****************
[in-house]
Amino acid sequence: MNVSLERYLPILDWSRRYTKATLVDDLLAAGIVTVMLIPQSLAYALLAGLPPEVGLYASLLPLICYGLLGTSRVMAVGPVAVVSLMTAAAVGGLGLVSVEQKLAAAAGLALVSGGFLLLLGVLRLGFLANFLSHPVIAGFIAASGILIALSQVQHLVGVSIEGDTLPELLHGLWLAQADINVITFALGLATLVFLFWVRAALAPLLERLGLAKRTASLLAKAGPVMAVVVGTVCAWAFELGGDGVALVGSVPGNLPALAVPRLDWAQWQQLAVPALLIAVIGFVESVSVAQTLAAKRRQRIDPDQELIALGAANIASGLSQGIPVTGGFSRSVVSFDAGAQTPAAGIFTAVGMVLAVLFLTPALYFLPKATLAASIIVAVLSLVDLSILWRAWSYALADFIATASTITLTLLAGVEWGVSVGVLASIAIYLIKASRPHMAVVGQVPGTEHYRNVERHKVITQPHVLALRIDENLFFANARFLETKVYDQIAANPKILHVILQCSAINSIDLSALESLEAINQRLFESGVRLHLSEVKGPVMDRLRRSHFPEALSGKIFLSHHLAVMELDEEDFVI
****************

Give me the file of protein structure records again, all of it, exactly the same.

[in-house]
Amino acid sequence: MNVSLERYLPILDWSRRYTKATLVDDLLAAGIVTVMLIPQSLAYALLAGLPPEVGLYASLLPLICYGLLGTSRVMAVGPVAVVSLMTAAAVGGLGLVSVEQKLAAAAGLALVSGGFLLLLGVLRLGFLANFLSHPVIAGFIAASGILIALSQVQHLVGVSIEGDTLPELLHGLWLAQADINVITFALGLATLVFLFWVRAALAPLLERLGLAKRTASLLAKAGPVMAVVVGTVCAWAFELGGDGVALVGSVPGNLPALAVPRLDWAQWQQLAVPALLIAVIGFVESVSVAQTLAAKRRQRIDPDQELIALGAANIASGLSQGIPVTGGFSRSVVSFDAGAQTPAAGIFTAVGMVLAVLFLTPALYFLPKATLAASIIVAVLSLVDLSILWRAWSYALADFIATASTITLTLLAGVEWGVSVGVLASIAIYLIKASRPHMAVVGQVPGTEHYRNVERHKVITQPHVLALRIDENLFFANARFLETKVYDQIAANPKILHVILQCSAINSIDLSALESLEAINQRLFESGVRLHLSEVKGPVMDRLRRSHFPEALSGKIFLSHHLAVMELDEEDFVI